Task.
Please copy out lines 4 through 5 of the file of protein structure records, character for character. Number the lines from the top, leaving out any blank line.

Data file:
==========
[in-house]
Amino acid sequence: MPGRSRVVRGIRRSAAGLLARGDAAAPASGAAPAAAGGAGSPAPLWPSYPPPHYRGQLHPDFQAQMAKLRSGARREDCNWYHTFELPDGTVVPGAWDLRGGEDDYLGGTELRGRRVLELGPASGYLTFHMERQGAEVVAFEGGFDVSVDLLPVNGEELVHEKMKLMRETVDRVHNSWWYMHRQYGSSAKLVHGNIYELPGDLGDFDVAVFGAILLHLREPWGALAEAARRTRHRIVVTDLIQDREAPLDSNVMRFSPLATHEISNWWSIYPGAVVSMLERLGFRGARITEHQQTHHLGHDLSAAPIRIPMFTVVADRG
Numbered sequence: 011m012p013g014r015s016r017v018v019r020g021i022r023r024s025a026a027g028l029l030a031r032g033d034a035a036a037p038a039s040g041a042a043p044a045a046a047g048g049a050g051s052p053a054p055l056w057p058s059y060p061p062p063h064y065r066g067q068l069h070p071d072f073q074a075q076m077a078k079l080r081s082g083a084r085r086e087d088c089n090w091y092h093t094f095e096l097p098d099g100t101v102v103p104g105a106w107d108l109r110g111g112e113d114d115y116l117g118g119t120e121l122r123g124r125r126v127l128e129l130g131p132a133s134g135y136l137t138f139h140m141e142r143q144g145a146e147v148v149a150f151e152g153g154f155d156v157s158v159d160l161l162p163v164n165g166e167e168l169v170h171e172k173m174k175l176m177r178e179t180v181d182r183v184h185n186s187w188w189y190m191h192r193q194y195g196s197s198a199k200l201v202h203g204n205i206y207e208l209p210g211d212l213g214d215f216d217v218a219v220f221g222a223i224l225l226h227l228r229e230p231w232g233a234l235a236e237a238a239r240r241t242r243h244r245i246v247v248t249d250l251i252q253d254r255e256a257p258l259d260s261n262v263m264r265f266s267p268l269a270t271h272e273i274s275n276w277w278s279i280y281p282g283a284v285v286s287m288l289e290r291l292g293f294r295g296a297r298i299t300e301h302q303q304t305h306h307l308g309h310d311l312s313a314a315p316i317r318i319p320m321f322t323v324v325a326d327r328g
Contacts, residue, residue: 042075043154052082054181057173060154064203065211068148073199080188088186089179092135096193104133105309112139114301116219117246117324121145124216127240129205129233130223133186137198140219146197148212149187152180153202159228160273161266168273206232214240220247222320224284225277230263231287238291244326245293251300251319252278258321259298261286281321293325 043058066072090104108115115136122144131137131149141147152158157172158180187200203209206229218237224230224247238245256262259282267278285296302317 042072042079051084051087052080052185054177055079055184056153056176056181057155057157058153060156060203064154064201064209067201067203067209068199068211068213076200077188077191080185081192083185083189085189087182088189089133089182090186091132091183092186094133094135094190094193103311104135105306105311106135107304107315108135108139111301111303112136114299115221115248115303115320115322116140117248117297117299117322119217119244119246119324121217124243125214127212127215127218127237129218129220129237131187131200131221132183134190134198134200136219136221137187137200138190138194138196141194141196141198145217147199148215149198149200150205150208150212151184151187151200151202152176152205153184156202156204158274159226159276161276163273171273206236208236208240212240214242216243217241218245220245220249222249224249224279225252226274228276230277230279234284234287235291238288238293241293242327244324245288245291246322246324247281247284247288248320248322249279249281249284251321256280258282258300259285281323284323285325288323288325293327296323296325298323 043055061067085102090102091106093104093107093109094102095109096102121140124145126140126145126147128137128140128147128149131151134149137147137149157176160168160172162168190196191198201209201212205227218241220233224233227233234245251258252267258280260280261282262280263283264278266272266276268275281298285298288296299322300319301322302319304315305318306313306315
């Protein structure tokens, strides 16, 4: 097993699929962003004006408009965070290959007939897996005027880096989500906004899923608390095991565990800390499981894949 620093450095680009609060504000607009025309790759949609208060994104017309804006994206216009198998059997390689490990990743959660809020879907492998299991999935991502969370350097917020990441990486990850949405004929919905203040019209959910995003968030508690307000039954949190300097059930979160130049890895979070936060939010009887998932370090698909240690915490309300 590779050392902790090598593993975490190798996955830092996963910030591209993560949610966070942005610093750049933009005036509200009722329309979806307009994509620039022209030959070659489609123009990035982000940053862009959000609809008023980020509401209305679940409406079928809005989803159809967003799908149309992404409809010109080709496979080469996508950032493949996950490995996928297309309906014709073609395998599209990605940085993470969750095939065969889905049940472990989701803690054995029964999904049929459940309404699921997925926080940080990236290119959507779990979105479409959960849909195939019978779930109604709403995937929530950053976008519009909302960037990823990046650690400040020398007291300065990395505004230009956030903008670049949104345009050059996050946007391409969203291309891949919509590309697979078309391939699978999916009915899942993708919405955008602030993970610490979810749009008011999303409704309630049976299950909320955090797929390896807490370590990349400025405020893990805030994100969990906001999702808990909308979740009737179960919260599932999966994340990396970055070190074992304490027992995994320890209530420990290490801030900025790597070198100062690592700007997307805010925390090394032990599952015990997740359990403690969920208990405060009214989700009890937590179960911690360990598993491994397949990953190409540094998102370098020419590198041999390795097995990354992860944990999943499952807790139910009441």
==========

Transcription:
Contacts, residue, residue: 042075043154052082054181057173060154064203065211068148073199080188088186089179092135096193104133105309112139114301116219117246117324121145124216127240129205129233130223133186137198140219146197148212149187152180153202159228160273161266168273206232214240220247222320224284225277230263231287238291244326245293251300251319252278258321259298261286281321293325 043058066072090104108115115136122144131137131149141147152158157172158180187200203209206229218237224230224247238245256262259282267278285296302317 042072042079051084051087052080052185054177055079055184056153056176056181057155057157058153060156060203064154064201064209067201067203067209068199068211068213076200077188077191080185081192083185083189085189087182088189089133089182090186091132091183092186094133094135094190094193103311104135105306105311106135107304107315108135108139111301111303112136114299115221115248115303115320115322116140117248117297117299117322119217119244119246119324121217124243125214127212127215127218127237129218129220129237131187131200131221132183134190134198134200136219136221137187137200138190138194138196141194141196141198145217147199148215149198149200150205150208150212151184151187151200151202152176152205153184156202156204158274159226159276161276163273171273206236208236208240212240214242216243217241218245220245220249222249224249224279225252226274228276230277230279234284234287235291238288238293241293242327244324245288245291246322246324247281247284247288248320248322249279249281249284251321256280258282258300259285281323284323285325288323288325293327296323296325298323 043055061067085102090102091106093104093107093109094102095109096102121140124145126140126145126147128137128140128147128149131151134149137147137149157176160168160172162168190196191198201209201212205227218241220233224233227233234245251258252267258280260280261282262280263283264278266272266276268275281298285298288296299322300319301322302319304315305318306313306315
């Protein structure tokens, strides 16, 4: 097993699929962003004006408009965070290959007939897996005027880096989500906004899923608390095991565990800390499981894949 620093450095680009609060504000607009025309790759949609208060994104017309804006994206216009198998059997390689490990990743959660809020879907492998299991999935991502969370350097917020990441990486990850949405004929919905203040019209959910995003968030508690307000039954949190300097059930979160130049890895979070936060939010009887998932370090698909240690915490309300 590779050392902790090598593993975490190798996955830092996963910030591209993560949610966070942005610093750049933009005036509200009722329309979806307009994509620039022209030959070659489609123009990035982000940053862009959000609809008023980020509401209305679940409406079928809005989803159809967003799908149309992404409809010109080709496979080469996508950032493949996950490995996928297309309906014709073609395998599209990605940085993470969750095939065969889905049940472990989701803690054995029964999904049929459940309404699921997925926080940080990236290119959507779990979105479409959960849909195939019978779930109604709403995937929530950053976008519009909302960037990823990046650690400040020398007291300065990395505004230009956030903008670049949104345009050059996050946007391409969203291309891949919509590309697979078309391939699978999916009915899942993708919405955008602030993970610490979810749009008011999303409704309630049976299950909320955090797929390896807490370590990349400025405020893990805030994100969990906001999702808990909308979740009737179960919260599932999966994340990396970055070190074992304490027992995994320890209530420990290490801030900025790597070198100062690592700007997307805010925390090394032990599952015990997740359990403690969920208990405060009214989700009890937590179960911690360990598993491994397949990953190409540094998102370098020419590198041999390795097995990354992860944990999943499952807790139910009441």